A New Look at Racial Disparities Using a More Comprehensive Wealth Measure

Abstract: Most research measuring disparities in wealth by race relies on data that exclude resources that are disproportionately important to low-wealth and non-white families, namely defined benefit (DB) pensions and Social Security. This paper finds that once these resources are included, disparities in wealth between white families and Black and Hispanic families are substantially smaller and that they are not rising over time. The powerful equalizing roles of DB pensions and Social Security highlighted here are further motivation for maintaining their fiscal health. This paper also presents results on the wealth of Asian families—typically excluded from most research due to limited sample sizes. Including Asian families is important, however, because they are a rapidly growing segment of the population and they have become the highest-wealth racial group in the United States.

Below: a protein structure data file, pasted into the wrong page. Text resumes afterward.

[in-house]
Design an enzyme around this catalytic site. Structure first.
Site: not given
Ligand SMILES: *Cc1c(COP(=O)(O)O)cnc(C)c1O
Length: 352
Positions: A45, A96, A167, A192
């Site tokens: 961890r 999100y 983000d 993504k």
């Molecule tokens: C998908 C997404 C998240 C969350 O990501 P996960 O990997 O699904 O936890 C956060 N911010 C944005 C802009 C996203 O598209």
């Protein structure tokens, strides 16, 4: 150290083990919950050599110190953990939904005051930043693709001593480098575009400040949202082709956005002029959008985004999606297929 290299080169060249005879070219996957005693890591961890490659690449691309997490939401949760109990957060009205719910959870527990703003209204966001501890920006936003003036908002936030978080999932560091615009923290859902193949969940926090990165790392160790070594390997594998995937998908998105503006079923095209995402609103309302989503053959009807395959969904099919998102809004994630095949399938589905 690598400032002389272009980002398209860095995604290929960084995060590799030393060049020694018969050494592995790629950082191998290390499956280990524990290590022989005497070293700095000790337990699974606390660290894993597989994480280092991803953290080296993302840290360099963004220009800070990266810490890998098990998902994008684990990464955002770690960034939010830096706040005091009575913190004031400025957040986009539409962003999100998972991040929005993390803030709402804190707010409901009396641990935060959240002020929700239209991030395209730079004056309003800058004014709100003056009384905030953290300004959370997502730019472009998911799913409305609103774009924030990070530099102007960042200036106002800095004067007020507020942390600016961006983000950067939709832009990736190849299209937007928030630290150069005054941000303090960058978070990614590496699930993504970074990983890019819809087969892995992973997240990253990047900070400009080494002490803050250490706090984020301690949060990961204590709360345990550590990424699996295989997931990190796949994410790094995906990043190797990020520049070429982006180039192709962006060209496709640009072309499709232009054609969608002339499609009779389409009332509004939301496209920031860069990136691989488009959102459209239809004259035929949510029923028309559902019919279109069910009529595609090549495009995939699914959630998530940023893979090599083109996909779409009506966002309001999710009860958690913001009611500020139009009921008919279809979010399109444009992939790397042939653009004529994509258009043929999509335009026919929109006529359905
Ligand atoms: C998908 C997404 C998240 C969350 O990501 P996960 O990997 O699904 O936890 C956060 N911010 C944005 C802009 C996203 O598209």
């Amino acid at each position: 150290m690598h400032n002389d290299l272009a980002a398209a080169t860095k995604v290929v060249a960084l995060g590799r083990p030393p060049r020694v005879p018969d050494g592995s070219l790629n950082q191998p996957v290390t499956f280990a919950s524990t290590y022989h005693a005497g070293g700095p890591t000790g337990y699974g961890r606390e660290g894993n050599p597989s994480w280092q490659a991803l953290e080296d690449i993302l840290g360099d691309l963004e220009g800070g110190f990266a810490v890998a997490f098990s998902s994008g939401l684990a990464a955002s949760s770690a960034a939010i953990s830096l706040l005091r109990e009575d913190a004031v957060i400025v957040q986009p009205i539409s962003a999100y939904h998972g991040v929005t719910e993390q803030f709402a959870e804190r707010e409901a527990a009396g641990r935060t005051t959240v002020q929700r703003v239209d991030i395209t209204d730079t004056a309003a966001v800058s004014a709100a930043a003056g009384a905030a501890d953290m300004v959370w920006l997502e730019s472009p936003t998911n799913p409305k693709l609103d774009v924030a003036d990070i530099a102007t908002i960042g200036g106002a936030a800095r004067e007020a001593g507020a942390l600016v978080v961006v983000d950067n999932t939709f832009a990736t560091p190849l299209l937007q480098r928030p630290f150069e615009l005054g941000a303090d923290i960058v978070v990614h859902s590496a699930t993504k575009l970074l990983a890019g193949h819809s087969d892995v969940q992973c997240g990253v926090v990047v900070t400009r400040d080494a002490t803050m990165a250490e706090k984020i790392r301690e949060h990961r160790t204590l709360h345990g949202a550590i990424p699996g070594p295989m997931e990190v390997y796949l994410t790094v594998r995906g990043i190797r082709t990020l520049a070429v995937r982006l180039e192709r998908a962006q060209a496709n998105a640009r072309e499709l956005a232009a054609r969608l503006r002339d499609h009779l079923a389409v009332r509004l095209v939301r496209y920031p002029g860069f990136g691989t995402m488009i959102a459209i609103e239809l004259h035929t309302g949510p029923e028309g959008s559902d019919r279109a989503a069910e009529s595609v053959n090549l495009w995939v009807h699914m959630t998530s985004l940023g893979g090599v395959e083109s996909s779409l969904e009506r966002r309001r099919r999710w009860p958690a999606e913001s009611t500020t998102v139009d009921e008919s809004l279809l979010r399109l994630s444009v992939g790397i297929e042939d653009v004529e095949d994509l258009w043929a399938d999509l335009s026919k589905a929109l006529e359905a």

Keywords: inequality; race; Social Security; pensions; saving; wealth;

JEL Classification: D14; D31; D63; E21; G51; H55; H75; I31; J15; J18; J32;

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Bibliographic Information

Provider: Federal Reserve Bank of Boston

Part of Series: Current Policy Perspectives

Publication Date: 2021-08-16